The treatment that had basal fertilizer only yield was not significantly different from that of the control. Compound D is known to be effective in the soil for the first four weeks after application. The low yield for this treatment may be attributed to this. By the time the crop was harvested basal fertilizer might have been exhausted and the crop was already thriving under nutrient deficiency conditions. Ahmad [44] states that balanced use of inputs like fertilizers and moisture is essential for improving harvest index of grain crops. Yields obtained in this study consummate with those obtained elsewhere, estimated to reach 200 kg to 900 kg per hectare; variations come as a result of differences in sowing density and rainfall [31].

These results show that tepary beans are a resilient food resource, able to survive in drought climates. This agrees with Albala [23] who reported that the plant is highly drought and disease resistant, and provides a quick harvest that is high in nutritional value. They are also small and develop quickly, soaking up a lot of water early on and protecting it within a hard, thick skin [36]. During the course of the experiment, at both sites, Tepary bean was not attacked by mildew or smut (Xanthomonas phaseoli ), which commonly attach other grain legumes. This is supported by Gary [35] who concluded that the fact that tepary bean is not attacked by mildew or smut diseases makes it a useful species for improvement of other food legumes via genetic introgression. It is, therefore, expected to have significant potential for introduction into semi-arid areas [35]. IPCC reported that, with climate change, droughts would become more frequent and more severe in southern Africa and drought affected areas are projected to increase in extent. Drought ranks as the single most common cause of severe food shortages, particularly in developing countries, and represents one of the most important natural triggers of malnutrition and famine affects the four dimensions of food security, availability, stability, access and utilisation [45,46].

Conclusion and Recommendation

Tepary bean is among the most drought resistant legume species that can be grown in the smallholder drought prone farming areas. It is capable of giving a notable yield with annual precipitation of less than 400 mm. Furthermore, small-holder farmers can be recommended to grow tepary bean and inoculating it with rhizobium. Further research on rhizobium strain efficacy is recommended to determine the strain that has more effectiveness in terms of giving a higher Tepary bean yield. There will be need for further testing of other agronomic practices particularly planting dates and densities to determine the optimum yield. It is further recommended that a similar study be carried in other soil types to establish the effect of different soils on yield. Even though tepary bean is known to produce a nutritious seed that is suitable for human consumption composition of tepary bean seed produced in Zimbabwe is not known. There is need to characterize the protein and mineral composition of tepary bean seeds and to compare the composition of mature raw tepary bean seed to some of legumes commonly grown by smallholder farmer in Southern Africa.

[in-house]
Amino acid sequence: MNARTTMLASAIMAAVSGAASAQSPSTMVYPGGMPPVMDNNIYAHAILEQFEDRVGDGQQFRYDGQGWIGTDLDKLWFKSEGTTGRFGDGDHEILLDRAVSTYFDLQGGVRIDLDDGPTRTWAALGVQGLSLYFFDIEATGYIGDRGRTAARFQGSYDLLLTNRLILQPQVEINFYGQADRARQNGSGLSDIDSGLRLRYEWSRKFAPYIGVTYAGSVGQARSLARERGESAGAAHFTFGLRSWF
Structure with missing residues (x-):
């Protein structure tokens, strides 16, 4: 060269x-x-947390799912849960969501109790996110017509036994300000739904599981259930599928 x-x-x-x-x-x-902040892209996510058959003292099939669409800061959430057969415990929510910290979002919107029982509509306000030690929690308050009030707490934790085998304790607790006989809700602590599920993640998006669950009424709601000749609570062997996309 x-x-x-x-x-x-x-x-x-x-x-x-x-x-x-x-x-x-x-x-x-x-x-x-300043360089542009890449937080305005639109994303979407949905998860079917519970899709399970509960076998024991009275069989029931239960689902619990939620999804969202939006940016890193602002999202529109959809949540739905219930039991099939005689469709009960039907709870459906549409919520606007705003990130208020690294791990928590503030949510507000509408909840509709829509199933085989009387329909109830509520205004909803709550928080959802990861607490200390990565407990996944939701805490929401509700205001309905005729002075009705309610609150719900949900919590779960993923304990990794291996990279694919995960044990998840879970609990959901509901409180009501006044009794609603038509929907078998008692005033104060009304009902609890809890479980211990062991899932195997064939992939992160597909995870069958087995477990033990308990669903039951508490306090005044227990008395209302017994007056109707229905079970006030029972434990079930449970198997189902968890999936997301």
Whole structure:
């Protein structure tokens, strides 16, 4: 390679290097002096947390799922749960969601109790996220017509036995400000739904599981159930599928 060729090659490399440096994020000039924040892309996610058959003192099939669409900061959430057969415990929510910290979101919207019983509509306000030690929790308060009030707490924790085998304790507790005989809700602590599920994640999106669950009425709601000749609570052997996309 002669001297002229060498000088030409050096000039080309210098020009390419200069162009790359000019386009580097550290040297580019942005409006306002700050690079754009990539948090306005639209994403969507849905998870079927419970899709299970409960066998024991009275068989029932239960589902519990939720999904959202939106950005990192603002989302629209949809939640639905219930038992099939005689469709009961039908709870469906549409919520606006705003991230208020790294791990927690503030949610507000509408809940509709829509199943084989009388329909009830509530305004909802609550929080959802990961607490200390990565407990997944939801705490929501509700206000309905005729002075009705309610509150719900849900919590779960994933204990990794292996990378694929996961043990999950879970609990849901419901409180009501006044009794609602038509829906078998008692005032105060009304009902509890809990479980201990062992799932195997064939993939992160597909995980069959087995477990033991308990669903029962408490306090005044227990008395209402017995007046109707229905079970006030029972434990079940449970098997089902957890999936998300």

Select your language of interest to view the total content in your interested language
Post your comment

Share This Article

Recommended Conferences

  • 24th International Conference on Clinical Nutrition
    March 04-06, 2019 Barcelona, Spain
  • 2nd International Conference on Nutrition, Food Science and Technology
    April 08-09, 2019 Abu Dhabi, UAE
  • 23rdWorld Nutrition & Pediatrics Healthcare Conference
    April 29-30, 2019 Helsinki, Finland
  • 28th World Congress on Diet, Nutrition and Obesity
    May 20-21, 2019 Yokohama, Japan
  • 2nd World congress on Nutrition and Obesity Prevention
    June 17-18, 2019 Dubai, UAE
  • 15th International Congress on Advances in Natural Medicines, Nutraceuticals & Neurocognition
    July 08-09,2019 London, UK
  • 30th Annual Meeting on Nutrition & Food Sciences
    September 19-20, 2019 Osaka, Japan

Article Usage

  • Total views: 9552
  • [From(publication date):
    May-2016 - Feb 17, 2019]
  • Breakdown by view type
  • HTML page views : 9370
  • PDF downloads : 182